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Alc. 11 you will find that some have prayed for the birth of children, and when they have been born, have fallen into the greatest calamities and sorrows' etc. Sen. ben. 11 11 § 1 in liberis tollendis nihil iudicio tollentium licet: tota res voti est. id. ep. 59 § 2 we commonly say magnum gaudium nos......ex nuptiis aut ex partu uxoris percepisse, quae adeo non sunt gaudia, ut saepe initia futurae tristitiae sint.

352-3 ILLIS NOTUM, QUI PUERI QUALISQUE FUTURA SIT UXOR Sen. cons. ad Marc. 17 § 6 (Natura speaks) tu si filios sustuleris, poteris habere formosos et deformes poteris: fortasse muti nascentur. id. ben. IV 32 g 1 it is probable that the gods are indulgent, as to some for their parents' and ancestors' sakes, so to others for the sake of their posterity. nota enim illis est operis sui series omniumque illis rerum suas per manus iturarum scientia in aperto semper est, nobis ex abdito subit et quae repentina putamus, illis provisa veniunt ac familiaria. DL. VI S 63 Diogenes, when some were sacrificing to the gods for the gift of a son, asked: Tepi Toù nodaròs εκβή ου θύετε; DCass. LΧΙΣ 20 33 το μεν γεννώμενον, όποιον αν δόξη των δαιμονίω, γίγνεται. QUALIS UXOR prov. 19 14.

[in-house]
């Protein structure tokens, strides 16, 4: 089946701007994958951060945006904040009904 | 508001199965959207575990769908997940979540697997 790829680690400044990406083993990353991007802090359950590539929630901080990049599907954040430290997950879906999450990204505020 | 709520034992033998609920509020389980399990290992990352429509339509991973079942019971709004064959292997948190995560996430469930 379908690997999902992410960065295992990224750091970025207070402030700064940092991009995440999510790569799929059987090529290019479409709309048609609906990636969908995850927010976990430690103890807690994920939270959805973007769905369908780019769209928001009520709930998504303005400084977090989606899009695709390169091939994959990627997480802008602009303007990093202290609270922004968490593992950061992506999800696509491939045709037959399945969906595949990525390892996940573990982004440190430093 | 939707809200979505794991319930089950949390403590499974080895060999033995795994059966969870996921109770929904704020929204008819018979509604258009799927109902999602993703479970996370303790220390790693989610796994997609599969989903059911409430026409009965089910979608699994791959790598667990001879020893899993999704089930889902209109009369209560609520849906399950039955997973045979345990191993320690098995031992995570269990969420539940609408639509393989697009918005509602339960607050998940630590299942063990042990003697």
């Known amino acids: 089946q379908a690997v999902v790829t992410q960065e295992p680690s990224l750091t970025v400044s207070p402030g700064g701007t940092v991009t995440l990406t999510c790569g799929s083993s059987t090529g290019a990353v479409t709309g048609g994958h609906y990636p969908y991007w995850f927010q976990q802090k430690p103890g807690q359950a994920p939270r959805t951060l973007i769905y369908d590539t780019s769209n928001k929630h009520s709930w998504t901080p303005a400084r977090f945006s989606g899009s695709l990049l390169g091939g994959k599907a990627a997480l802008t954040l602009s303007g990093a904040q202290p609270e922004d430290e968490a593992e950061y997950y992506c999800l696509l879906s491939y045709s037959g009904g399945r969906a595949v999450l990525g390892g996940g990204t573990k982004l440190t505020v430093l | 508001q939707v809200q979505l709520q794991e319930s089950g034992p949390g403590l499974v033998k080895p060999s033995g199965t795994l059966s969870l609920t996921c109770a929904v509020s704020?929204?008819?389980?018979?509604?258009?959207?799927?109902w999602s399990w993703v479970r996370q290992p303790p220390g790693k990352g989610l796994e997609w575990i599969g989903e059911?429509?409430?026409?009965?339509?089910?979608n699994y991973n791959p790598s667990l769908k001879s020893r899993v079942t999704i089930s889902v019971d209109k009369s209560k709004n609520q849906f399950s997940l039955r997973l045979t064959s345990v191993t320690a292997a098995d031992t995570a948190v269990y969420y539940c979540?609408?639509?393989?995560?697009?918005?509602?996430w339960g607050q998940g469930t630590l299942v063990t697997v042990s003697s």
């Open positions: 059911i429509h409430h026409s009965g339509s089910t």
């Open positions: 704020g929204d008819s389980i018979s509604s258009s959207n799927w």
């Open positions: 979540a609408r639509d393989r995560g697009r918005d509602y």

354 Et not only submit to what is appointed, but also prefer a petition. et=etiam 43. 320. 1 57. II 143. III 305.

IX 27. XI 177.

XIV 4. 228 (Kiaer). 355 EXTA e.g. lungs, liver and heart. DULI DIVINA TOMACULA PORCI satirical exaggeration, Mart. x1 57 4. cf. for the tone 1 84. On the offering XIII 117—8 alba porci | omenta. A pig was slaughtered on the occasion of a marriage Varr, r. ř. 11 4 § 9 nupti. arum initio antiqui reges ac sublimes viri in Hetruria, in coniunc.. tione nuptiali nova nupta et novus maritus primum porcum immolant. § 10 Prisci quoque Latini et etiam Graeci in Italia ideni factitasse videntur. In the reliefs on the sarcophagus preserved in S. Lorenzo's church, between Rome and Tivoli, which represent marriage ceremonies, we find a popa ready to offer a swine Rossbach Untersuchungen üb. d. röm. Ehe 378–81. In the time of Iuv, it was still the practice for the bride, on entering her new home, to rub the door-posts with swine's (or wolf's) fat. ib. 356–9. Plin. XXVIII § 135 proxuma in communibus adipi laus est, sed maxime suillo, apud antiquos etiam religiosius. certe novae nuptae intrantes etiamnum sollemne habent postis eo attingere. Athen. III 962 the Argives sacrificed a pig to Aphrodite.

DIVINA a feast for gods.